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Faculty Fellows

2016 Graduate School Faculty Fellows. First row, left: Anne Grant (Fellow), instruction coordinator/education reference librarian, University Libraries; Dr. Robin Phelps-Ward (Fellow), lecturer, Eugene T. Moore School of Education; and Dr. Tamara L. McNealy (Fellow), associate professor, Department of Biological Sciences. Second row, left: Andrew Wesolek (Fellow), head of digital scholarship, University Libraries; Dr. Ellen Granberg, associate provost for faculty affairs; Dr. Amy E. Landis (Fellow), Thomas F. Hash ’69 Endowed Chair in Sustainable Development, and professor, Glenn Department of Civil Engineering; and Dr. Jason W. Osborne, vice provost and dean of the Graduate School.


Research, publishing, and digital literacy for graduate students

Anne Grant (Instruction Coordinator/Education Reference Librarian) and Andrew Wesolek (Head of digital scholarship), University Libraries

Grant and Wesolek will gather information on what we need to do to better support the needs of graduate students (both in Clemson and on other campuses) in the areas of research, publishing, and digital literacy and then, using that information, will work with the Graduate School to produce and deliver experiences to address those needs. The material will be presented both in-person and online to allow maximum access to students on the main campus and elsewhere.

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Professional development for graduate women: Empowering women to overcome the impostor syndrome, combat communication bias, and embrace their conative strengths

Dr. Amy E. Landis, Thomas F. Hash '69 Endowed Chair in Sustainable Development, and professor, Glenn Department of Civil Engineering

The most influential factors impacting women's recruitment, retention, and promotion in academia in engineering and science fields are an inclusive work culture and access to a network that provides mentorship and training. Top universities around the nation host some form of women's organization supporting women in academia and striving to create an inclusive academic culture. Landis' project will establish a series of three workshops that provide mentorship, networking, training, and support for issues unique to women in engineering and sciences. Workshop topics include the following: Leveraging Your Conative Strengths, Women Communicating Science, and Banishing Your Inner Impostor. These workshops are designed to improve the work culture for women, increase Clemson's attractiveness to top new graduate students, and provide training and networking opportunities for current students. Importantly, these experiences will welcome and include men and women in all degree programs.

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STEM communication and certificate program 

Dr. Tamara L. McNealy, associate professor, Biological Sciences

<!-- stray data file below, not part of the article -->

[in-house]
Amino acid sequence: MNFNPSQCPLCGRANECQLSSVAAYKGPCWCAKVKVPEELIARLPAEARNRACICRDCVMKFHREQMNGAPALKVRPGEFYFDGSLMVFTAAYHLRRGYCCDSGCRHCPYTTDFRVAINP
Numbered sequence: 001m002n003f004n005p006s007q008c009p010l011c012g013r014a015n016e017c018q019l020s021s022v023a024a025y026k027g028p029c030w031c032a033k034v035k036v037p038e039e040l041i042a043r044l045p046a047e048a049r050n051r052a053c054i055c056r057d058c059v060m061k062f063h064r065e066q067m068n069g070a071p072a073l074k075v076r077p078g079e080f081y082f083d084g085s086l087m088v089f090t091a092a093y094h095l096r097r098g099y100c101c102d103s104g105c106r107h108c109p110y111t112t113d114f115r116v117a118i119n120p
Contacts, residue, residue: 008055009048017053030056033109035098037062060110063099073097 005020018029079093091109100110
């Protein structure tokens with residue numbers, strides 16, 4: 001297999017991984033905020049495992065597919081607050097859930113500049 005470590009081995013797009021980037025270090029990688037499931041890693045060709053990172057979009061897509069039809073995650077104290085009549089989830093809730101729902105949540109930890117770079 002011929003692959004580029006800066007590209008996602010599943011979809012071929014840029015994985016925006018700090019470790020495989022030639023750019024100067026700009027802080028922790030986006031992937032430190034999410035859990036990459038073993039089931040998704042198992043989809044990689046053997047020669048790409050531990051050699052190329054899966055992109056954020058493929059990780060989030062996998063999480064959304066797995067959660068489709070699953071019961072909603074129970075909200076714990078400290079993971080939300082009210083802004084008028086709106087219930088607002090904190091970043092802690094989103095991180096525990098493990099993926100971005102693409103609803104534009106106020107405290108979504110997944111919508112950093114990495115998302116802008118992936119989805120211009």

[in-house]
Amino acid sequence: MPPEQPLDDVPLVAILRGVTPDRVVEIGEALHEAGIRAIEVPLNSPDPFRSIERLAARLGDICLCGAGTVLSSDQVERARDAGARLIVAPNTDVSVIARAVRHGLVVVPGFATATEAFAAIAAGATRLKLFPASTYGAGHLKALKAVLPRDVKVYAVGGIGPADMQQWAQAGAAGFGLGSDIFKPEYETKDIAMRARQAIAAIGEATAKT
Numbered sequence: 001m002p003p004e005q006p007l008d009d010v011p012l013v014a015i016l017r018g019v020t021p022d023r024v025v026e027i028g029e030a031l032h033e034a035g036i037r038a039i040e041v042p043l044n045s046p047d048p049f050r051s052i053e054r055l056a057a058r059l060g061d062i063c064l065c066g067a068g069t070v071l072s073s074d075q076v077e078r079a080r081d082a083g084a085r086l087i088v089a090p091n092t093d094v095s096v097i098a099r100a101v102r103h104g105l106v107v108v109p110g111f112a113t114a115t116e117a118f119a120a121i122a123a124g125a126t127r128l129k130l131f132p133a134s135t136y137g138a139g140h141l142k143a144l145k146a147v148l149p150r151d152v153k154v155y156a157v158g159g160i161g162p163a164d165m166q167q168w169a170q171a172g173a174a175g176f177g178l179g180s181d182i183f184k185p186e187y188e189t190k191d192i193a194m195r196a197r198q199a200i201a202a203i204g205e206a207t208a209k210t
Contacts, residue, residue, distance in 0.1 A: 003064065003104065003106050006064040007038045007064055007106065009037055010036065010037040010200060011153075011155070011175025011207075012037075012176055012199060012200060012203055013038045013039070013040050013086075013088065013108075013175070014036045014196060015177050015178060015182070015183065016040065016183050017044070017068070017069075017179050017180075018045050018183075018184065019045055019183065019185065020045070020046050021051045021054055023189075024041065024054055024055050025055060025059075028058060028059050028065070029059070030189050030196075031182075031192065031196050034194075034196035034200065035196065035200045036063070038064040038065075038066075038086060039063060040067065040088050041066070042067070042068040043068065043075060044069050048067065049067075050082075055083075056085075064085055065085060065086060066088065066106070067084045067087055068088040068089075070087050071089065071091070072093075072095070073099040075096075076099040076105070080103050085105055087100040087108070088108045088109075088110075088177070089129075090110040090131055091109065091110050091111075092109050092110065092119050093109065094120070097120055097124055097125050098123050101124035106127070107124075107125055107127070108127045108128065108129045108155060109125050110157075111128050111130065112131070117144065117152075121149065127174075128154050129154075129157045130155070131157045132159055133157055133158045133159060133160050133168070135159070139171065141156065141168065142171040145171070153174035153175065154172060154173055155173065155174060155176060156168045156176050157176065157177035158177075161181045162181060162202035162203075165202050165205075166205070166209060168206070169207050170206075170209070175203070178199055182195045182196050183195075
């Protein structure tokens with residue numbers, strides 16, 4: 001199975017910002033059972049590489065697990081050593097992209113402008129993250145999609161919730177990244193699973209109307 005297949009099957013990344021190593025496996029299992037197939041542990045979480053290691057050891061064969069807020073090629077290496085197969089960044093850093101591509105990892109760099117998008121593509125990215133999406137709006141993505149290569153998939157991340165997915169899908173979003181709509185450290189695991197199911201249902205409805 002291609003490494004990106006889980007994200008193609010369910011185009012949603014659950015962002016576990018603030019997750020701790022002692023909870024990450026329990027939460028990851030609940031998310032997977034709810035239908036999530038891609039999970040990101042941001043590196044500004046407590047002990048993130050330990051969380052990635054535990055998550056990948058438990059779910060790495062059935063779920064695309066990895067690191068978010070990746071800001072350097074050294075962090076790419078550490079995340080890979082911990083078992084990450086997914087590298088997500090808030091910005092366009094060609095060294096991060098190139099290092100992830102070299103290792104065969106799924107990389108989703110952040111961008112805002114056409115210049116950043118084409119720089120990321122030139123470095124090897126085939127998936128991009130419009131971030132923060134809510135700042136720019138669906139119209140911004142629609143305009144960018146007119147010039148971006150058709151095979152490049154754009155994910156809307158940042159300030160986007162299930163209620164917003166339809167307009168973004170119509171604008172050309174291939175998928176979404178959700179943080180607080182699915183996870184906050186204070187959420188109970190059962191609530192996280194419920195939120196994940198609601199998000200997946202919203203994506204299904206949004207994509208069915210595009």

The growth of the internet and the loss of topical science writers in major news industries have created a need for scientists to speak directly to the public. The explosion of citizen science and crowdfunding suggests that the public is willing and eager to engage with the STEM disciplines, but the process of engagement could be improved significantly. McNealy's project would establish a focus on effective scientific communication at Clemson. The program would initially focus on students in STEM disciplines, but eventually expand to all students. Three key components will include the establishment of a Science and Engineering Communication certificate, development of a science communication "boot camp"  for graduate students, and — in collaboration with the Pearce Center for Professional Communication — the development of a home for a STEM communication program, future initiatives, and expansion of projects.

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Clemson Link: a project to support underrepresented students at Clemson University

Dr. Robin Phelps-Ward, lecturer, Eugene T. Moore School of Education

The goal of the Clemson Link project is to bring together Clemson's undergraduate and graduate students from underrepresented backgrounds to research and learn together as they collaborate on a participatory action research project. Recruited undergraduate and graduate students from Clemson Universitywill select a research topic that relates to supporting the professional development needs of both currently enrolled and prospective underrepresented students in graduate school." This student team will collect and analyze data and communicate findings from their research to relevant audiences with support and guidance from the faculty supervisor. The project will emphasize research, professional development, and peer mentoring within the community of burgeoning scholars. Not only will this project contribute a unique perspective to the scholarship on this topic, but will provide evidence-based recommendations that Clemson can act upon to achieve its goals of supporting increasing diversity.

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